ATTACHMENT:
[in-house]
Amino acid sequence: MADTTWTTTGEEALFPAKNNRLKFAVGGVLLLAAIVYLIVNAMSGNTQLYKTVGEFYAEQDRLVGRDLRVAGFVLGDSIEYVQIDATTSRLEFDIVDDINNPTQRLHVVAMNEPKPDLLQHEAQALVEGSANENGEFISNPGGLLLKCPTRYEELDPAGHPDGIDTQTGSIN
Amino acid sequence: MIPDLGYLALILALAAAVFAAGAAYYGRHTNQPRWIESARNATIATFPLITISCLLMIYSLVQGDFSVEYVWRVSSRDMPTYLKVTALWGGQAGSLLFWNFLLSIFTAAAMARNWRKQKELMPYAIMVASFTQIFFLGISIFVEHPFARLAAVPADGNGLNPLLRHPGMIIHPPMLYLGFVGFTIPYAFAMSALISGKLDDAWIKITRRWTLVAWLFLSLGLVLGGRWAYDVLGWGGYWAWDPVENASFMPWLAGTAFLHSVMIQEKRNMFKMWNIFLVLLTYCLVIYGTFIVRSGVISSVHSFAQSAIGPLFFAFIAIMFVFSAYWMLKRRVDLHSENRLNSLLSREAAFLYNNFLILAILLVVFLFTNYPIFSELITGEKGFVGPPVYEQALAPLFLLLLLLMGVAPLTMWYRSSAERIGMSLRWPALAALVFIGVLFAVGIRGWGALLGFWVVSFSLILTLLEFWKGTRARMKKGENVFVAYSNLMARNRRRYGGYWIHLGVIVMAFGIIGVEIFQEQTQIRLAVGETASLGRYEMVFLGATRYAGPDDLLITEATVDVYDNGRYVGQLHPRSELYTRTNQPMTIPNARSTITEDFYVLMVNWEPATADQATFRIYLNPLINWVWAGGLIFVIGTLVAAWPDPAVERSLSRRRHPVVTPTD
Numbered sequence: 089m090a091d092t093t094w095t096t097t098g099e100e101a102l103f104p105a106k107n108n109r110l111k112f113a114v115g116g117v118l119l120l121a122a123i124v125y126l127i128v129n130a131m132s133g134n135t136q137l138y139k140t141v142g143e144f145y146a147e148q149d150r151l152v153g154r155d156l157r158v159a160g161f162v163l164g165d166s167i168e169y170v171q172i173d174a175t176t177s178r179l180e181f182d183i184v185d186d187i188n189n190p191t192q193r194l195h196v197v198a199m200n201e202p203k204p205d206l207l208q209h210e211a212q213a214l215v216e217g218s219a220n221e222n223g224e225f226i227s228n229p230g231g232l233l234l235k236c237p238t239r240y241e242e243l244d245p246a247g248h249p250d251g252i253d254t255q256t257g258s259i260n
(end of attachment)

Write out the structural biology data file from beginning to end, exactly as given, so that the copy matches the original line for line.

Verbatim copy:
[in-house]
Amino acid sequence: MADTTWTTTGEEALFPAKNNRLKFAVGGVLLLAAIVYLIVNAMSGNTQLYKTVGEFYAEQDRLVGRDLRVAGFVLGDSIEYVQIDATTSRLEFDIVDDINNPTQRLHVVAMNEPKPDLLQHEAQALVEGSANENGEFISNPGGLLLKCPTRYEELDPAGHPDGIDTQTGSIN
Amino acid sequence: MIPDLGYLALILALAAAVFAAGAAYYGRHTNQPRWIESARNATIATFPLITISCLLMIYSLVQGDFSVEYVWRVSSRDMPTYLKVTALWGGQAGSLLFWNFLLSIFTAAAMARNWRKQKELMPYAIMVASFTQIFFLGISIFVEHPFARLAAVPADGNGLNPLLRHPGMIIHPPMLYLGFVGFTIPYAFAMSALISGKLDDAWIKITRRWTLVAWLFLSLGLVLGGRWAYDVLGWGGYWAWDPVENASFMPWLAGTAFLHSVMIQEKRNMFKMWNIFLVLLTYCLVIYGTFIVRSGVISSVHSFAQSAIGPLFFAFIAIMFVFSAYWMLKRRVDLHSENRLNSLLSREAAFLYNNFLILAILLVVFLFTNYPIFSELITGEKGFVGPPVYEQALAPLFLLLLLLMGVAPLTMWYRSSAERIGMSLRWPALAALVFIGVLFAVGIRGWGALLGFWVVSFSLILTLLEFWKGTRARMKKGENVFVAYSNLMARNRRRYGGYWIHLGVIVMAFGIIGVEIFQEQTQIRLAVGETASLGRYEMVFLGATRYAGPDDLLITEATVDVYDNGRYVGQLHPRSELYTRTNQPMTIPNARSTITEDFYVLMVNWEPATADQATFRIYLNPLINWVWAGGLIFVIGTLVAAWPDPAVERSLSRRRHPVVTPTD
Numbered sequence: 089m090a091d092t093t094w095t096t097t098g099e100e101a102l103f104p105a106k107n108n109r110l111k112f113a114v115g116g117v118l119l120l121a122a123i124v125y126l127i128v129n130a131m132s133g134n135t136q137l138y139k140t141v142g143e144f145y146a147e148q149d150r151l152v153g154r155d156l157r158v159a160g161f162v163l164g165d166s167i168e169y170v171q172i173d174a175t176t177s178r179l180e181f182d183i184v185d186d187i188n189n190p191t192q193r194l195h196v197v198a199m200n201e202p203k204p205d206l207l208q209h210e211a212q213a214l215v216e217g218s219a220n221e222n223g224e225f226i227s228n229p230g231g232l233l234l235k236c237p238t239r240y241e242e243l244d245p246a247g248h249p250d251g252i253d254t255q256t257g258s259i260n